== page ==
What to plant under a tree?

RowieRowie Posts: 8

Morning all,

I'm completely new to gardening (and this site, so hello! image), and am looking for ideas of what to plant under a large sycamore tree.

The garden itself is south facing, the tree is at the back of the garden, so the area tends to get sun early in the morning then shaded for the rest of the day in the summer.

What would you recommend?

Many thanks,

Rowie x

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Posts

  • pansyfacepansyface PEAK DISTRICT DerbyshirePosts: 16,214

    Hello Rowie. Do you want something tall or small? Do you want evergreen or deciduous? Is the ground currently bare or covered with grass or something else? Do you have time to look after the plants or so you want to forget about it once it's planted?

    A lot of questions.

    Apophthegm -  a big word for a small thought.
  • ObelixxObelixx Vendée, Western FrancePosts: 19,412

    I have just underplanted some trees in my garden with a mix of geranium phaeum and saxifrage London Pride.

    The geranium will spread happily and has purple blotches on its foliage and small purple flowers in spring which are attractive to bees and hoverflies.   There is also a version with white flowers.   Geranium dalmaticum has evergreen foliage and clear pale pink flowers.  Geranium macrorhizum has scented foliage which goes red in winter and flowers can be white, pink or deep purpley pink.

    The saxifrage will also spread but give a low mat of foliage in glossy rosettes with thin spikes of small fluffy flowers later in the season - if all goes to plan.

    "We don't stop playing because we grow old; we grow old because we stop playing." - George Bernard Shaw
  • RowieRowie Posts: 8

    Hello Pansyface, 

    I was thinking something small, perhaps evergreen, for interest all round. I have what I think is an Azelea currently under the tree, that does really well, and produces beautiful orange flowers in the spring.

    There is a spot next to this, nearer the tree that I would like to put something to fill that gap,( currently just soil.) Happy to have something low growing that spreads, to fill the gaps around that area.

    As for looking after it... I'm very new to this, so would need something that if I did

    forget about, it wouldn't be such a bad thing...image

     

    image

     

     

  • Did you want something there all year round or flowers for the seasons. Daffofdils, bluebells, snowdrops etc would look lovely in the spring. Ferns would be there all year round. 

  • RowieRowie Posts: 8

    Thanks Obelixx,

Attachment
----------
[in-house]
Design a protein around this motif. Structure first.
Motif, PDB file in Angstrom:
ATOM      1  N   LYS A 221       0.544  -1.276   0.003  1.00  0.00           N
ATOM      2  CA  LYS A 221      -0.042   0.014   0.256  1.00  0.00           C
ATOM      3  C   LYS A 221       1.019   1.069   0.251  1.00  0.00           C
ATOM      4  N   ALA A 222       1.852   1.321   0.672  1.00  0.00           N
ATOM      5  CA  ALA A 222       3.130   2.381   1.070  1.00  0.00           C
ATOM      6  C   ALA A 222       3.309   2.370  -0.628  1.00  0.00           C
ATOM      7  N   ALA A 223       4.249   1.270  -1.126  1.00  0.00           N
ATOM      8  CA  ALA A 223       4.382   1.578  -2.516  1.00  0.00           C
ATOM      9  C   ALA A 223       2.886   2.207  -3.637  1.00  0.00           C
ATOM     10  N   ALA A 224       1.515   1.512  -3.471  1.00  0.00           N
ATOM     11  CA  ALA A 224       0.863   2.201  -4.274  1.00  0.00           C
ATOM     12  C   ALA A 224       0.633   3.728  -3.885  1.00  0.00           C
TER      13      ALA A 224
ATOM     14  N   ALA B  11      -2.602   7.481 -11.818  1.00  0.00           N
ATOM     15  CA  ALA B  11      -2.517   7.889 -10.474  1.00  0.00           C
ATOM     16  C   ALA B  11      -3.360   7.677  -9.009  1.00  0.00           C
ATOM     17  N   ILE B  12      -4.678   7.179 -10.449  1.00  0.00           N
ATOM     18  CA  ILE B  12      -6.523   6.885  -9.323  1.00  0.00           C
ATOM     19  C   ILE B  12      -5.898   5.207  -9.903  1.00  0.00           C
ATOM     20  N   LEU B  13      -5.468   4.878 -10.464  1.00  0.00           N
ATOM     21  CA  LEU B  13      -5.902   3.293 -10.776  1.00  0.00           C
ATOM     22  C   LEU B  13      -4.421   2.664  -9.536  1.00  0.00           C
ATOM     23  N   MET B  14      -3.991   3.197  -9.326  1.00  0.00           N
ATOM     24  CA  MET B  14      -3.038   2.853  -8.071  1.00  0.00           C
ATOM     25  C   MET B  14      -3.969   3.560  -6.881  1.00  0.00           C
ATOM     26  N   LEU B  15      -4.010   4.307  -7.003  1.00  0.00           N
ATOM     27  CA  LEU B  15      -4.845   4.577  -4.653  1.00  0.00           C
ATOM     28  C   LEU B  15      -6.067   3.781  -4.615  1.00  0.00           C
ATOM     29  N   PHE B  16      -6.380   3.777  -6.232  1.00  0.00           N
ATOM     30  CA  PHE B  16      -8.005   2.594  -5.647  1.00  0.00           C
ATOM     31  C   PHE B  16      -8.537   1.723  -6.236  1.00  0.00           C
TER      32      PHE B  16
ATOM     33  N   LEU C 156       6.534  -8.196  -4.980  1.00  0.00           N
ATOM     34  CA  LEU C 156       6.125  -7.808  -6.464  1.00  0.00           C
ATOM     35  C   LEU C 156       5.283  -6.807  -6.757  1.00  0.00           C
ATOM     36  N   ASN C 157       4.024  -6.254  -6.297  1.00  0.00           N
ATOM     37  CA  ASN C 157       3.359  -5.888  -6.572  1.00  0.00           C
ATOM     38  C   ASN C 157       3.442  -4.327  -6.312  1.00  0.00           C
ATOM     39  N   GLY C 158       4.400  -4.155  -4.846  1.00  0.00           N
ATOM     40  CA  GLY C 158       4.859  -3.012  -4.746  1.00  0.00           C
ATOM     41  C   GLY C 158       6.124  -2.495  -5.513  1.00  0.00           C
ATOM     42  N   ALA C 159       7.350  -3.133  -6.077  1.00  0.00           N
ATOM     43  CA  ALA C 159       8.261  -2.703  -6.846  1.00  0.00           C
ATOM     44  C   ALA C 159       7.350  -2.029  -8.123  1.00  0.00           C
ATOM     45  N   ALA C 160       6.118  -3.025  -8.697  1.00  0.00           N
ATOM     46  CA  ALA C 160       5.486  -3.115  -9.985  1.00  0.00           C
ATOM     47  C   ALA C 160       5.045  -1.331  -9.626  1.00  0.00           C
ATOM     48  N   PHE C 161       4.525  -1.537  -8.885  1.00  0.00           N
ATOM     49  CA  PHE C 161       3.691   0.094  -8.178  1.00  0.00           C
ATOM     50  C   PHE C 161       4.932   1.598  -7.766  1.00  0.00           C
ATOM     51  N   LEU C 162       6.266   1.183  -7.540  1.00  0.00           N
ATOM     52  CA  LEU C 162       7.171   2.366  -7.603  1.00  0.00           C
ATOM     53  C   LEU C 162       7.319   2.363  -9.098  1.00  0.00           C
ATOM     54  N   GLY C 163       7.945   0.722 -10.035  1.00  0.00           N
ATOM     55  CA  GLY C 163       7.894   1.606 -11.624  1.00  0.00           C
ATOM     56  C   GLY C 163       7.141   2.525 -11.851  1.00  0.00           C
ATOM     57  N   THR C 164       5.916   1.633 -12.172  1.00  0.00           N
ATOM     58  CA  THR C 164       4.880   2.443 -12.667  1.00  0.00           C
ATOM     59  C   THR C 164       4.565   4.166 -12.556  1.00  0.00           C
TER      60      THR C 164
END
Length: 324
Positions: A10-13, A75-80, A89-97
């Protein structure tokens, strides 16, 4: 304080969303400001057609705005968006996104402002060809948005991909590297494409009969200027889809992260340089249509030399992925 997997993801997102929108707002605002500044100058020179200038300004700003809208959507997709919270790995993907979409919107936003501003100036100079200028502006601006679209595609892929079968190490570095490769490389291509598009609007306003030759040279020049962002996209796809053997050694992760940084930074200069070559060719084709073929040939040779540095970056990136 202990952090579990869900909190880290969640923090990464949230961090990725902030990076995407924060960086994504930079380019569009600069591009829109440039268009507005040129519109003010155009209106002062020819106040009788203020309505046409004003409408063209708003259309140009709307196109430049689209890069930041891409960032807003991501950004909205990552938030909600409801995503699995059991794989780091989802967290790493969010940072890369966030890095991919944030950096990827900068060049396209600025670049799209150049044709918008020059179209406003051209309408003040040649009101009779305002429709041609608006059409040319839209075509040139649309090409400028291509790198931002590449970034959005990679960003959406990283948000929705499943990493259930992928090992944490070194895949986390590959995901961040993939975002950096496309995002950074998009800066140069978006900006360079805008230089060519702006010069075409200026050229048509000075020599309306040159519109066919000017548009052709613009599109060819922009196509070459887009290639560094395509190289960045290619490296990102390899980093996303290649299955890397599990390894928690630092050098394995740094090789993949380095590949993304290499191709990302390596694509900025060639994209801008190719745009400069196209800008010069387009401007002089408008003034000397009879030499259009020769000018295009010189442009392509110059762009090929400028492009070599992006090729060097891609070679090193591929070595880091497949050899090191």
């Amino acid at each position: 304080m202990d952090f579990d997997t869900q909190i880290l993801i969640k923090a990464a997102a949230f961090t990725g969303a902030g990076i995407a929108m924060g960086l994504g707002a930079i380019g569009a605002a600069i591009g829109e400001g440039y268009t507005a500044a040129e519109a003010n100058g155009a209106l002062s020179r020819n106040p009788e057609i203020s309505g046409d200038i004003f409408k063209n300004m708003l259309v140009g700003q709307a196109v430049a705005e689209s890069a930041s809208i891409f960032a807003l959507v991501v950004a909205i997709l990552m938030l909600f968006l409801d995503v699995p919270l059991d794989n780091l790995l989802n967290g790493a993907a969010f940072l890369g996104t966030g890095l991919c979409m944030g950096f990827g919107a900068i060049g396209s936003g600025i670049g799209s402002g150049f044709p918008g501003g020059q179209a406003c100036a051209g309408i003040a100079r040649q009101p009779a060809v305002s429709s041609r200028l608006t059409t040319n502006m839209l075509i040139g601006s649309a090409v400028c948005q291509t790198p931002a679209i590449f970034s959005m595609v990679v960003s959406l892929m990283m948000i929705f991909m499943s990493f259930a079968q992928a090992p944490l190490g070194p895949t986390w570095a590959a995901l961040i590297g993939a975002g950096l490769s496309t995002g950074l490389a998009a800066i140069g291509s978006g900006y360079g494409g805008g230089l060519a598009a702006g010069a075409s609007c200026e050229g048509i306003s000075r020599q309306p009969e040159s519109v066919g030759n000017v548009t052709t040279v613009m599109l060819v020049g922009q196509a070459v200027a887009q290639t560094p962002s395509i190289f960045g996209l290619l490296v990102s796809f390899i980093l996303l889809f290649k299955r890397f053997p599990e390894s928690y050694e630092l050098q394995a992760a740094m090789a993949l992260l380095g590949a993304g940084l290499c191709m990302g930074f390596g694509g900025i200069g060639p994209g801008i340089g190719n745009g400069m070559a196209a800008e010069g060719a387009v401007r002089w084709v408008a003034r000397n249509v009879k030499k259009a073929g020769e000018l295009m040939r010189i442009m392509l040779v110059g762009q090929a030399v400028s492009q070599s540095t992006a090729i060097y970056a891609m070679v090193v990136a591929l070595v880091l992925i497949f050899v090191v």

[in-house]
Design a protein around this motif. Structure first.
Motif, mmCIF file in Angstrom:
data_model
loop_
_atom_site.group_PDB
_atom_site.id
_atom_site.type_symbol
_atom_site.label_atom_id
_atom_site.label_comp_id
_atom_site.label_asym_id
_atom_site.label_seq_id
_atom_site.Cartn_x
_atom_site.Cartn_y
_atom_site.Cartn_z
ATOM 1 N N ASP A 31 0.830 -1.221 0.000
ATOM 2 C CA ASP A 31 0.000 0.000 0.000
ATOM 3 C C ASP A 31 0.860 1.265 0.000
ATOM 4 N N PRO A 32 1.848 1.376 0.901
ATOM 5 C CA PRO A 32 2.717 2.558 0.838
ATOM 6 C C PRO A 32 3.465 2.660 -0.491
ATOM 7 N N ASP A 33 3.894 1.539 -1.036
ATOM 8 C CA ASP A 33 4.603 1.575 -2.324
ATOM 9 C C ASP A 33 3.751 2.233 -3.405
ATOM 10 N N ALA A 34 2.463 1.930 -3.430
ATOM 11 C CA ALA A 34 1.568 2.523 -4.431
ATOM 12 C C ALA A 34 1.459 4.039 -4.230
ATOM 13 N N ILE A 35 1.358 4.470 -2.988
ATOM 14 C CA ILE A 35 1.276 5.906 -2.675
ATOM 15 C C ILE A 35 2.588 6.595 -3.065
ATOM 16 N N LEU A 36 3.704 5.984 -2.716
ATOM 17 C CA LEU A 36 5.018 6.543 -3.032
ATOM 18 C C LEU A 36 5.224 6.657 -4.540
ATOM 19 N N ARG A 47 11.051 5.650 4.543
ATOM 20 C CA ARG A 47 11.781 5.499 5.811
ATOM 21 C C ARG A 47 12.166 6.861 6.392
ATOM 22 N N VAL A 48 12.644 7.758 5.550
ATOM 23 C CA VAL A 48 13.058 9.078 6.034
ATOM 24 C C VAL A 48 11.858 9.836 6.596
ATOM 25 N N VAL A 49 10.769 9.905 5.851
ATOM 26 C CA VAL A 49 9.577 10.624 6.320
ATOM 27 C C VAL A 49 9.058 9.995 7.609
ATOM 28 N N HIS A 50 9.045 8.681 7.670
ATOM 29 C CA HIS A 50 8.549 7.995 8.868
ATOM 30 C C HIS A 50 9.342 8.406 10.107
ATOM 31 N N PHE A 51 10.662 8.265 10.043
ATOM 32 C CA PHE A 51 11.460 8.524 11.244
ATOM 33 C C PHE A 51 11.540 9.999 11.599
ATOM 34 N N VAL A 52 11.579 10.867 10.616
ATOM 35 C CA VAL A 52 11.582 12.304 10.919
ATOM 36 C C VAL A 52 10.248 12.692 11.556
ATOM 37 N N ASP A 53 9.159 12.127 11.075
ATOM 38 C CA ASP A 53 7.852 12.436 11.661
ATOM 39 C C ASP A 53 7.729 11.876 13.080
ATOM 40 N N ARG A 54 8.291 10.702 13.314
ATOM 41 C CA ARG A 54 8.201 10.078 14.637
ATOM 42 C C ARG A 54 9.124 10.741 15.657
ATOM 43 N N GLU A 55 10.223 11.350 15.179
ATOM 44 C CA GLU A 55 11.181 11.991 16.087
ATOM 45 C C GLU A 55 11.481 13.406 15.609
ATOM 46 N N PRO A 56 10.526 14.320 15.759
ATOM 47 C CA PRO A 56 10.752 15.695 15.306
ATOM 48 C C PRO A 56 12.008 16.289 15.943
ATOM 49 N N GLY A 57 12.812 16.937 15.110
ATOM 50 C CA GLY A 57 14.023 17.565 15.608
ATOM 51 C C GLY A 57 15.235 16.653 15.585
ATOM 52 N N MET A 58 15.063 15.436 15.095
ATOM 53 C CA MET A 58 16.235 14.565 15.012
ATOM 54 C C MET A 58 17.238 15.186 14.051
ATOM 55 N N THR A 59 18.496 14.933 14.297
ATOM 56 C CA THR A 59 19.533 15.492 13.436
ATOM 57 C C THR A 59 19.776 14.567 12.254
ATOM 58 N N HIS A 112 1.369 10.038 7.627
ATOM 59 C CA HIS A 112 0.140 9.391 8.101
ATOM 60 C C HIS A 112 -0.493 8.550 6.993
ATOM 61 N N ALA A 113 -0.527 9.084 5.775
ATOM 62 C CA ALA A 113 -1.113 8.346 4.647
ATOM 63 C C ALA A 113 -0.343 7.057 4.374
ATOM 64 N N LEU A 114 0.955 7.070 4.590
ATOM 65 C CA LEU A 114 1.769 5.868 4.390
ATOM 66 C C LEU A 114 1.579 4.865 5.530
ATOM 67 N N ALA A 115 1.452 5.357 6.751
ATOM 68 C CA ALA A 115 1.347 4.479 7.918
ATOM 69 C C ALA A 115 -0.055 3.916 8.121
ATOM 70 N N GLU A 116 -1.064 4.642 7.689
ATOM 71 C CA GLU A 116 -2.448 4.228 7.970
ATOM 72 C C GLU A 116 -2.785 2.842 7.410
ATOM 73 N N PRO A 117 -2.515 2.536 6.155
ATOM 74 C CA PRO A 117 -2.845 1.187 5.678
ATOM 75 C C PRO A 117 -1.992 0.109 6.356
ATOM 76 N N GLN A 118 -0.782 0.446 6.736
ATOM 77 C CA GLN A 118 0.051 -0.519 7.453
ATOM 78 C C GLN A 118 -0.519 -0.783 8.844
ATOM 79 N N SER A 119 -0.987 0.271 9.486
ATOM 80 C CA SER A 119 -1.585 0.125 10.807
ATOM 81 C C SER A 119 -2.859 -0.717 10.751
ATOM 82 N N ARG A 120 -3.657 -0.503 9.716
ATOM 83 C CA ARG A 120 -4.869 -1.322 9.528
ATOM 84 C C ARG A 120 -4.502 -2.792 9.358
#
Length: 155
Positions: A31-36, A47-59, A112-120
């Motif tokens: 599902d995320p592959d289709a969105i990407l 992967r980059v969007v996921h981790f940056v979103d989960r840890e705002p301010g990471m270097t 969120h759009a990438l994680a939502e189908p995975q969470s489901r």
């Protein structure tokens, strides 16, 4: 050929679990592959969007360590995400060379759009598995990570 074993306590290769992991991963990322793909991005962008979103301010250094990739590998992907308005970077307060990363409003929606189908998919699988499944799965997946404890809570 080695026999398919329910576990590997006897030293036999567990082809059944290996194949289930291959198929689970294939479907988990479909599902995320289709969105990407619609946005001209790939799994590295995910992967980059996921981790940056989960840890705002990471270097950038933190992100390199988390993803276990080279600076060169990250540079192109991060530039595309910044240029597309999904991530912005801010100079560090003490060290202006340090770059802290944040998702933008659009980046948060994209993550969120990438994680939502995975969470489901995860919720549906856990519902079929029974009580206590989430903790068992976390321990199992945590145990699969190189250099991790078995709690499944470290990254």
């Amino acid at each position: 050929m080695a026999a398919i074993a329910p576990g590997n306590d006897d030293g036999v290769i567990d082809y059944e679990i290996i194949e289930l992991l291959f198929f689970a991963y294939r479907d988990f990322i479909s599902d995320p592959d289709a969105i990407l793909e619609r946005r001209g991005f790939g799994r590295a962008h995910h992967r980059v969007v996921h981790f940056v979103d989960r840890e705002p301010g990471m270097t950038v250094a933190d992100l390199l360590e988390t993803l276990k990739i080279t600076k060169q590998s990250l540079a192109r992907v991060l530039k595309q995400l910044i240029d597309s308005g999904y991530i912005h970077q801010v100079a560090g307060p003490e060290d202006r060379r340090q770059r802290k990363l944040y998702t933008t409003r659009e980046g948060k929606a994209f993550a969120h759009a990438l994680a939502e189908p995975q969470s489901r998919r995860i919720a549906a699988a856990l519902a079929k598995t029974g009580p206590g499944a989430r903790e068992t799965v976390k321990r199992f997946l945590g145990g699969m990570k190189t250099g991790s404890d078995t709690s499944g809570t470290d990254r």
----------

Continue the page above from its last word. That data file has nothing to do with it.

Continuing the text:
Those plants look really nice (yes,... I had to look them up image) I think they may look good under my tree.

     

  • pansyfacepansyface PEAK DISTRICT DerbyshirePosts: 16,214

    If you can grow azaleas well (I can't because of the soil, but I love them) then I'd plant more, of different colours, as they look spectacular in a group.

    Apophthegm -  a big word for a small thought.
  • RowieRowie Posts: 8

    Hi Star gaze lily,

    I would love some colour all year round ideally, I did consider bluebells etc, but then wondered about the rest of the year and how it may look....

    Unless you think they may look good planted with other plants for year round interest?

     

  • Alan4711Alan4711 LincolnshirePosts: 1,572

    We have planted (or Kate has planted ) under a plum tree Cyclamen and they are thriving, we checked first with the RHS ::  A delightful tuberous perennial providing colour often when little else is flowering, particularly in late winter or early spring. Hardy cyclamen species and cultivars are ideal for naturalising under trees, on banks or in a shady border and planted in association with other early-flowering woodland plants such as snowdrops, winter aconites and primroses. we also planted Hostas and living near the coast we can surround our plants with seaweed so no slugs and snails hope this is helpful image Again a bit dull erein Munds

  • nutcutletnutcutlet PeterboroughPosts: 26,088

    Of the geraniums obelixx mentions I have found macrorrihizum to be very reliable, dalmaticum a bit inclined to fade away. There's also the hybrid between the 2, halfway in size, G x cantabrigiensis, comes in at least 2 colours. But I still rate macrorrhizum as number one.

  • Yes sorry Rowie, thats what I meant, so you would have a pop of colour in Spring when the other plants weren't in flower. Meant perhaps one or two small ferns for interest amongst other flowering plants. Astilbes like shade and would mix in with plants suggested by others.

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